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How much more time to give her to adjust? My boyfriend's mother moved to independent living continuing care facility 2 months ago. (She is 78 years old.) And about 1-2 times per week, she calls him saying she wants to go back home.

We have been visiting her weekly and she moved with all her furniture. She still says she wants to move back.

She has trouble walking (which is somewhat improved in this facility) and uses only a cane or walker. She was using a wheelchair some at her house. But she was having more issues in the large home she was in. It was not kept clean anymore, rotting food in the refrigerator, she accidentally left the stove on, set fire to food in the microwave, and she was spending all her time just watching tv by herself....unless her son and I visited and took her out.

Also her memory was getting worse. She couldn't remember which pills she took. Luckily it was just vitamins and now one cholesterol pill. She started to miss paying bills and kept asking to buy more and more food, even though she already had 5-10 boxes or cans of what she wanted in the pantry.

On the other hand, she still gets lost in the new facility and it is not very big. She is doing some activities and joining others for dinner. But then she calls and says she wants to go home. She doesn't like the neighbors are "monitoring" her daily activities and she misses her home. She lived at that house for 8 years. It was a 55 plus community.

So we do not know what to do? Just wait and hope she adjusts or move her back? Get her a companion? We are worried that the facility will want to move her to assisted living vs independent living if she keeps complaining and getting lost. We need advice.

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she calls him saying she wants to go back home

Unless you are crazy as a box full of frogs don't bring her home.

Jolene Brackery writes in Creating Moments of Joy: New found Response to "I want to go home"
"When they ask to go home, they might be asking permission to leave this world.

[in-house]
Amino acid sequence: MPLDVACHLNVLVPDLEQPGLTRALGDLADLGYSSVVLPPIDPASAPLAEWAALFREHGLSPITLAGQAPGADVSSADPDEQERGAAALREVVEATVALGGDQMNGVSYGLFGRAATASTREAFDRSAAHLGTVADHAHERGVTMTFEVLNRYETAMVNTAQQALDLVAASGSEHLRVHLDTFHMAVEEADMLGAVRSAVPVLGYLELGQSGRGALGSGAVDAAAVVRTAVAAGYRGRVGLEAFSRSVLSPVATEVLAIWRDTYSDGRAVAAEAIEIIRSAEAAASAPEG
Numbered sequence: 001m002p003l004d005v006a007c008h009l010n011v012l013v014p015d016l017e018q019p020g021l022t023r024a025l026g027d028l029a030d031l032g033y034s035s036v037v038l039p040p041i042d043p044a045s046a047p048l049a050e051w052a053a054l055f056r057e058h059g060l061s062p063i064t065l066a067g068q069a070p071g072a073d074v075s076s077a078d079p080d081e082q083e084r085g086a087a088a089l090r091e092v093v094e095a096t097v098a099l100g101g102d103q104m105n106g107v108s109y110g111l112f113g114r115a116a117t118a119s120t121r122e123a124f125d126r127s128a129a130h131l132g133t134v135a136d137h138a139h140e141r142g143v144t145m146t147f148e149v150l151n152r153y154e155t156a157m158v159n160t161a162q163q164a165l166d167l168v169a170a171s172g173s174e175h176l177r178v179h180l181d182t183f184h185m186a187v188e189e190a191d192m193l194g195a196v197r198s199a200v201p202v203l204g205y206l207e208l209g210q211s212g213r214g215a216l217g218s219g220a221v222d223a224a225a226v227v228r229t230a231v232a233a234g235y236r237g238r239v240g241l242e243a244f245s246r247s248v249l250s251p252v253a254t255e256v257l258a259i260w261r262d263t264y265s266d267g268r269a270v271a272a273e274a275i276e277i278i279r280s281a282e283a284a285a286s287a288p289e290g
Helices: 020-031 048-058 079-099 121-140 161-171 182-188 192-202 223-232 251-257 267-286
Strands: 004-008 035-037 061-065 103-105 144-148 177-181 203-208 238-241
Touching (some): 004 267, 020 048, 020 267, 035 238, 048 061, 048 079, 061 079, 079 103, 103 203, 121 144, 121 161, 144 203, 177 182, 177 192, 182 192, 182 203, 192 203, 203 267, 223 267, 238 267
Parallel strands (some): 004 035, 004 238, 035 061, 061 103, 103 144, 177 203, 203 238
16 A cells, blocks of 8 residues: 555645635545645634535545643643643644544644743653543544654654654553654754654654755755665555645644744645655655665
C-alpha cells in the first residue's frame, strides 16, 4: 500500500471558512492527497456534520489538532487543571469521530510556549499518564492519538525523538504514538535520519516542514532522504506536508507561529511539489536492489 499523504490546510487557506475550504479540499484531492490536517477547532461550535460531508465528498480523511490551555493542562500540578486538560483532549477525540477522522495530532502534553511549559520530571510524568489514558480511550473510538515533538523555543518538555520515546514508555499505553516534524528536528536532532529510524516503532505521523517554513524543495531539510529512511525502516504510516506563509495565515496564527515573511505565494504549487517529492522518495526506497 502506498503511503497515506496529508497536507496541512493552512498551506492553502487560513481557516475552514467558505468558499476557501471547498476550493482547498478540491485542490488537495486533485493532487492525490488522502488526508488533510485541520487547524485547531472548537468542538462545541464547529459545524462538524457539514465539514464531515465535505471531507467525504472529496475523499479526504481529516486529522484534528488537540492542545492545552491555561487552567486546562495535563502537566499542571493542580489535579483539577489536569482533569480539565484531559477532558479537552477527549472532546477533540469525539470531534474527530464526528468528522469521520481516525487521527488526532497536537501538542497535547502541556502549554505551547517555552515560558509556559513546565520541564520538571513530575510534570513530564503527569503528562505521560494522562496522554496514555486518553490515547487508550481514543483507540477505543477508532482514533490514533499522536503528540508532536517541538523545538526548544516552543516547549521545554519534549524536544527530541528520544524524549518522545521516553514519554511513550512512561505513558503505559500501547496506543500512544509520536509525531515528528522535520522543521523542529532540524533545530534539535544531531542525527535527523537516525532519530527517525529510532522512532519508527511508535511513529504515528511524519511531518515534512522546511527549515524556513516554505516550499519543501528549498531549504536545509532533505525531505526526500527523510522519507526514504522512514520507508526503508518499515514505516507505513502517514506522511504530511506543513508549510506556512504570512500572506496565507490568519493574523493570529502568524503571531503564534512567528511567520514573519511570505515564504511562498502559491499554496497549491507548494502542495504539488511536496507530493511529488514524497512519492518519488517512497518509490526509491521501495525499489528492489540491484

IMCO, It should be OK to go home ..."
"It is more difficult for a person with dementia to "go home"
Is she asking permission to leave this world?
Are you ready and able to grant her permission?
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Clear answer from 8 clients and 2 parents. DO Not MOVE them back home.

For my mother it took 18 month's. My other has Alzheimer's and now is happy as a clam.

The reason I answered that so early is because I saw the word Dementia. That is hard to be a caregiver for 24/7. I volunteered it for my mother, and did it professionally 24/7 for one year for a 65 year old. They needed to be in a facility.

They resist, of course they do, they are unfortunately declining, what i would do is stop in, and say you can stay for 20 minutes. That allows you to not feel so guilty, and now when I do that, I stay one hour, and my clients and mother are very happy.

My clients, I no longer watch but I am always the supporter for my past clients. I visit them now and then. Disappearing with Alzheimer's and Dementia to be is what I watched with my mother's friends, because of her disease. They do not show up all, and this is not fair to people, they are human, they have disease. Does that mean they are not worthy of being helped out or visited, NO, they are my former loving clients, and I will never abandon my clients, just because their life situation has changed does not mean they have disappeared.

Also, the person above put it well, "where is home" "home is where they are at the moment", it is not fair to them or anyone, "especially the people that put their hours input once in

Blessing and give it time. You will feel better and she ail too.

{I still say firm with allowing your loved one as much}
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She cannot live alone. If she can afford 24-hour care at her home, it might be OK for her to move back. Can she afford that? If not, going home is really not an option.

I would love to live in a hotel, with room service, free entertainment, a lovely dining room, a nice pool ... or maybe just go on one cruise after another. Why don't I? Because I can't afford it. Your loved one would like to live at her house (she thinks) but the simple fact is it would be very expensive to arrange that to be safe for her. If she can't afford it, then that is just a fact like I can't afford everlasting cruises.